Effect of a Profound Feedstock Change on the Structure and Performance of Biogas Microbiomes
In this study the response of biogas-producing microbiomes to a profound feedstock change was investigated. The microbiomes were adapted to the digestion of either 100% sugar beet, maize silage, or of the silages with elevated amounts of total ammonium nitrogen (TAN) by adding ammonium carbonate or animal manure. The feedstock exchange resulted in a short-range decrease or increase in the biogas yields according to the level of chemical feedstock complexity. Fifteen taxa were found in all reactors and can be considered as generalists. Thirteen taxa were detected in the reactors operated with low TAN and six in the reactors with high TAN concentration. Taxa assigned to the phylum Bacteroidetes and to the order Spirochaetales increased with the exchange to sugar beet silage, indicating an affinity to easily degradable compounds. The recorded TAN-sensitive taxa (phylum Cloacimonetes) showed no specific affinity to maize or sugar beet silage. The archaeal community remained unchanged. The reported findings showed a smooth adaptation of the microbial communities, without a profound negative impact on the overall biogas production indicating that the two feedstocks, sugar beet and maize silage, potentially do not contain chemical compounds that are difficult to handle during anaerobic digestion.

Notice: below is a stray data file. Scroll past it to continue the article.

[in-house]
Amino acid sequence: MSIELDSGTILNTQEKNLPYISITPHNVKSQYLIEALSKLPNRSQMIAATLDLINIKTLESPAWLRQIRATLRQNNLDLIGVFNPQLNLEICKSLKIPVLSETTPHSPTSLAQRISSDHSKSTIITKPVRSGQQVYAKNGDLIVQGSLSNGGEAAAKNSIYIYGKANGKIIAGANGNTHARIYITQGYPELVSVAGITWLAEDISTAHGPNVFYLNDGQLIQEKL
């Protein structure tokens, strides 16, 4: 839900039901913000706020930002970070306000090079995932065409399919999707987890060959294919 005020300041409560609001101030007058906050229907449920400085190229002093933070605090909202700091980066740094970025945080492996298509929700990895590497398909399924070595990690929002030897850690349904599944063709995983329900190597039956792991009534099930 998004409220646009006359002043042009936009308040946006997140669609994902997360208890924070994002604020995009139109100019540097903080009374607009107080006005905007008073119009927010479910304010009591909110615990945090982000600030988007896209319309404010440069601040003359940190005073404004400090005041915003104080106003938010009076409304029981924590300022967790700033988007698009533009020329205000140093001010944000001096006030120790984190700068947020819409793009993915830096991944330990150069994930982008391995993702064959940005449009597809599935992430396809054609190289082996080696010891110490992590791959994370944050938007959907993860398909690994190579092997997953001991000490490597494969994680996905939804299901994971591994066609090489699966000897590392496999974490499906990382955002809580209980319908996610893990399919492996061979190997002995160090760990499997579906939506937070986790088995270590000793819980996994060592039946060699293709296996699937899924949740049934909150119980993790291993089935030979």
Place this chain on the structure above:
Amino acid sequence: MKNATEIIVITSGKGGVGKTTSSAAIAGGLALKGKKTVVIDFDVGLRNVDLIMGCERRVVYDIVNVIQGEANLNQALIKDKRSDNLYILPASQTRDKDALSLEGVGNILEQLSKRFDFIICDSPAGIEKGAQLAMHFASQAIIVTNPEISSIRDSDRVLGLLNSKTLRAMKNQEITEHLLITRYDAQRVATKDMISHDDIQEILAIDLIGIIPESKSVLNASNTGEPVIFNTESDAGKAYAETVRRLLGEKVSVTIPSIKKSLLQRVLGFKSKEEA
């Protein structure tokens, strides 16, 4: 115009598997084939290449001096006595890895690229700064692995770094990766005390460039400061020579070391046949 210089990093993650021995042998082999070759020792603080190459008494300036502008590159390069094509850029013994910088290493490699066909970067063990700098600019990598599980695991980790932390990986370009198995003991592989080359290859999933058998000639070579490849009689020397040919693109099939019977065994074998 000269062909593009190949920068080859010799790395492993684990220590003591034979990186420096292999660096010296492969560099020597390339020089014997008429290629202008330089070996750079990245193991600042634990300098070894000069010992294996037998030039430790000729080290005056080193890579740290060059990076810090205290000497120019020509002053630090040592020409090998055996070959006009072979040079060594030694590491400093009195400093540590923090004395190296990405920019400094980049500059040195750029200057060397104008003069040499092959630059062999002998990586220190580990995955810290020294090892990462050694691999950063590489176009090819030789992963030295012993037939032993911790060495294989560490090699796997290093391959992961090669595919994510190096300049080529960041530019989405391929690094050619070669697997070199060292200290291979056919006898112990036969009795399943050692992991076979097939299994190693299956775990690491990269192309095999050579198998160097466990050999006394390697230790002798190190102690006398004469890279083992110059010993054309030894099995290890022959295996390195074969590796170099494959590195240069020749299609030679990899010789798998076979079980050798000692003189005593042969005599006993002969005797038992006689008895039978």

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Published in: Microorganisms, 10.3390/microorganisms8020169, MDPI